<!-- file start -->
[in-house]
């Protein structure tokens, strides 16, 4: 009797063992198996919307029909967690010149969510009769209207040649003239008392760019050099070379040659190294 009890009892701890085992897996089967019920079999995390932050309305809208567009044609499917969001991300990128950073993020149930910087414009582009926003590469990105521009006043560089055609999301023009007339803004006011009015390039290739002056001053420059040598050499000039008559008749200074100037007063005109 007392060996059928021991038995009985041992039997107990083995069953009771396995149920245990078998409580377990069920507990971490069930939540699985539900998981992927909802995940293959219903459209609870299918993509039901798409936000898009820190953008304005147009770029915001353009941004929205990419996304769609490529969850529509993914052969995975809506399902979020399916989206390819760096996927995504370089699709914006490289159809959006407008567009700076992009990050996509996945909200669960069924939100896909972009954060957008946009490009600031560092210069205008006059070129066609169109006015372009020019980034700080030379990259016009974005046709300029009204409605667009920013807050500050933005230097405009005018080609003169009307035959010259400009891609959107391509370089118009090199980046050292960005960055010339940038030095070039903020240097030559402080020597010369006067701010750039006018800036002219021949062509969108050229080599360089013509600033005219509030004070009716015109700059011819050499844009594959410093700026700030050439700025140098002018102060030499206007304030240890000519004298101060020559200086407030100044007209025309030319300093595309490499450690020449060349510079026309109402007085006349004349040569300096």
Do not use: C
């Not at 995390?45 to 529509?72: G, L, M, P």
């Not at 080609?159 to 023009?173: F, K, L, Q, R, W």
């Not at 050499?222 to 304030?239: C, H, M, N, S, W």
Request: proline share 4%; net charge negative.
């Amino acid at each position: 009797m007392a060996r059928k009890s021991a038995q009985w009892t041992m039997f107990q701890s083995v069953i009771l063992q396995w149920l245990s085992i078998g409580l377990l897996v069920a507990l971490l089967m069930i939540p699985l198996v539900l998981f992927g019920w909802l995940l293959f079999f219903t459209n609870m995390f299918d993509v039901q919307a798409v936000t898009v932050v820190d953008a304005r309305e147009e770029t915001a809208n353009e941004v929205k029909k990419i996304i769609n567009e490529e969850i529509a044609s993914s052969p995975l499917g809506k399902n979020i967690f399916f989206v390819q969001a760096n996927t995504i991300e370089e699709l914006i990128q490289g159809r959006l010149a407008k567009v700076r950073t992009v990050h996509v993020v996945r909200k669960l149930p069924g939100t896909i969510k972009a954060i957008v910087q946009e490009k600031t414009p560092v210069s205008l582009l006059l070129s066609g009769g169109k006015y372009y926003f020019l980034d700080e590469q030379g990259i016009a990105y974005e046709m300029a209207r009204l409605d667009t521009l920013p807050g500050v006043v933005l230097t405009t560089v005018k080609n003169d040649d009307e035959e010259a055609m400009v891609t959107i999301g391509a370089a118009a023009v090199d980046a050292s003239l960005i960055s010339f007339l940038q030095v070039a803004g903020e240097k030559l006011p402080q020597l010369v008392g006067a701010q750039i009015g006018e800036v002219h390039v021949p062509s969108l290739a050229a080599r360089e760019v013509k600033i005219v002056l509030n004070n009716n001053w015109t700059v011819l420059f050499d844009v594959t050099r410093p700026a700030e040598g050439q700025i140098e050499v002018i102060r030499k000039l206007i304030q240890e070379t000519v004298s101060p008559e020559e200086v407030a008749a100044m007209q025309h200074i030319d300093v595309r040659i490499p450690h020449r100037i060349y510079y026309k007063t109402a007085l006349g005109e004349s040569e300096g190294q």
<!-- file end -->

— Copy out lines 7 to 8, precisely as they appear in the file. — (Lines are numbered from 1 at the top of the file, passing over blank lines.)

Request: proline share 4%; net charge negative.
């Amino acid at each position: 009797m007392a060996r059928k009890s021991a038995q009985w009892t041992m039997f107990q701890s083995v069953i009771l063992q396995w149920l245990s085992i078998g409580l377990l897996v069920a507990l971490l089967m069930i939540p699985l198996v539900l998981f992927g019920w909802l995940l293959f079999f219903t459209n609870m995390f299918d993509v039901q919307a798409v936000t898009v932050v820190d953008a304005r309305e147009e770029t915001a809208n353009e941004v929205k029909k990419i996304i769609n567009e490529e969850i529509a044609s993914s052969p995975l499917g809506k399902n979020i967690f399916f989206v390819q969001a760096n996927t995504i991300e370089e699709l914006i990128q490289g159809r959006l010149a407008k567009v700076r950073t992009v990050h996509v993020v996945r909200k669960l149930p069924g939100t896909i969510k972009a954060i957008v910087q946009e490009k600031t414009p560092v210069s205008l582009l006059l070129s066609g009769g169109k006015y372009y926003f020019l980034d700080e590469q030379g990259i016009a990105y974005e046709m300029a209207r009204l409605d667009t521009l920013p807050g500050v006043v933005l230097t405009t560089v005018k080609n003169d040649d009307e035959e010259a055609m400009v891609t959107i999301g391509a370089a118009a023009v090199d980046a050292s003239l960005i960055s010339f007339l940038q030095v070039a803004g903020e240097k030559l006011p402080q020597l010369v008392g006067a701010q750039i009015g006018e800036v002219h390039v021949p062509s969108l290739a050229a080599r360089e760019v013509k600033i005219v002056l509030n004070n009716n001053w015109t700059v011819l420059f050499d844009v594959t050099r410093p700026a700030e040598g050439q700025i140098e050499v002018i102060r030499k000039l206007i304030q240890e070379t000519v004298s101060p008559e020559e200086v407030a008749a100044m007209q025309h200074i030319d300093v595309r040659i490499p450690h020449r100037i060349y510079y026309k007063t109402a007085l006349g005109e004349s040569e300096g190294q």